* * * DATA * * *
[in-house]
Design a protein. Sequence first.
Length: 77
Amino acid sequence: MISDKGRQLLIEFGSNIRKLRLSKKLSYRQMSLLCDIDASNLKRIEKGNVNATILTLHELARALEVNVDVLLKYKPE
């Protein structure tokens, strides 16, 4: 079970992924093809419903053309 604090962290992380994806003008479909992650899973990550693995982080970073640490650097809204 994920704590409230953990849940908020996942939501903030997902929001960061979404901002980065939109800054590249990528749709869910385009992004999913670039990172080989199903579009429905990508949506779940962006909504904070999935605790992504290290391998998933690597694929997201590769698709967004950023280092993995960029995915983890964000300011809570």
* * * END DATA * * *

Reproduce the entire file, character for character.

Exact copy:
[in-house]
Design a protein. Sequence first.
Length: 77
Amino acid sequence: MISDKGRQLLIEFGSNIRKLRLSKKLSYRQMSLLCDIDASNLKRIEKGNVNATILTLHELARALEVNVDVLLKYKPE
């Protein structure tokens, strides 16, 4: 079970992924093809419903053309 604090962290992380994806003008479909992650899973990550693995982080970073640490650097809204 994920704590409230953990849940908020996942939501903030997902929001960061979404901002980065939109800054590249990528749709869910385009992004999913670039990172080989199903579009429905990508949506779940962006909504904070999935605790992504290290391998998933690597694929997201590769698709967004950023280092993995960029995915983890964000300011809570």